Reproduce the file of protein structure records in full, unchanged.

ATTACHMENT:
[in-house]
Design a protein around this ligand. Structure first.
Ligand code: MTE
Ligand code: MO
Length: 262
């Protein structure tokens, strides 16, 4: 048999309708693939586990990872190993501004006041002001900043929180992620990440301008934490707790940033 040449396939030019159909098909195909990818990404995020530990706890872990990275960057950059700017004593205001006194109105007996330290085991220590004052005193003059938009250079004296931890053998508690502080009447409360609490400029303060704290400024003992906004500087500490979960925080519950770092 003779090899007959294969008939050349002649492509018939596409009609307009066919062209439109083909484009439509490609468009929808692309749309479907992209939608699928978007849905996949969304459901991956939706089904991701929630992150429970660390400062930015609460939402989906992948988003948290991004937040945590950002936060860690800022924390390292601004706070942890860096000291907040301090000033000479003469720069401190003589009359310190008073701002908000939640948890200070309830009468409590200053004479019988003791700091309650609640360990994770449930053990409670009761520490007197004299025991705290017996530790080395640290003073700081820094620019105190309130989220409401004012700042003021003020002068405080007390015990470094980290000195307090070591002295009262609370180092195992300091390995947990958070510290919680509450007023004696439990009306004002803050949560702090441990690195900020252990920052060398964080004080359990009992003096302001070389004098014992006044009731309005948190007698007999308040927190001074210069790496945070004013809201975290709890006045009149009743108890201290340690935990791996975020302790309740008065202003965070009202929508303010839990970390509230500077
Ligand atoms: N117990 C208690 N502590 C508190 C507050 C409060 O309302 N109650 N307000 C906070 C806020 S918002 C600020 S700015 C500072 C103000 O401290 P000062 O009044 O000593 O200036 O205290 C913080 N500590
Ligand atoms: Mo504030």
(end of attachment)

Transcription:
[in-house]
Design a protein around this ligand. Structure first.
Ligand code: MTE
Ligand code: MO
Length: 262
């Protein structure tokens, strides 16, 4: 048999309708693939586990990872190993501004006041002001900043929180992620990440301008934490707790940033 040449396939030019159909098909195909990818990404995020530990706890872990990275960057950059700017004593205001006194109105007996330290085991220590004052005193003059938009250079004296931890053998508690502080009447409360609490400029303060704290400024003992906004500087500490979960925080519950770092 003779090899007959294969008939050349002649492509018939596409009609307009066919062209439109083909484009439509490609468009929808692309749309479907992209939608699928978007849905996949969304459901991956939706089904991701929630992150429970660390400062930015609460939402989906992948988003948290991004937040945590950002936060860690800022924390390292601004706070942890860096000291907040301090000033000479003469720069401190003589009359310190008073701002908000939640948890200070309830009468409590200053004479019988003791700091309650609640360990994770449930053990409670009761520490007197004299025991705290017996530790080395640290003073700081820094620019105190309130989220409401004012700042003021003020002068405080007390015990470094980290000195307090070591002295009262609370180092195992300091390995947990958070510290919680509450007023004696439990009306004002803050949560702090441990690195900020252990920052060398964080004080359990009992003096302001070389004098014992006044009731309005948190007698007999308040927190001074210069790496945070004013809201975290709890006045009149009743108890201290340690935990791996975020302790309740008065202003965070009202929508303010839990970390509230500077
Ligand atoms: N117990 C208690 N502590 C508190 C507050 C409060 O309302 N109650 N307000 C906070 C806020 S918002 C600020 S700015 C500072 C103000 O401290 P000062 O009044 O000593 O200036 O205290 C913080 N500590
Ligand atoms: Mo504030």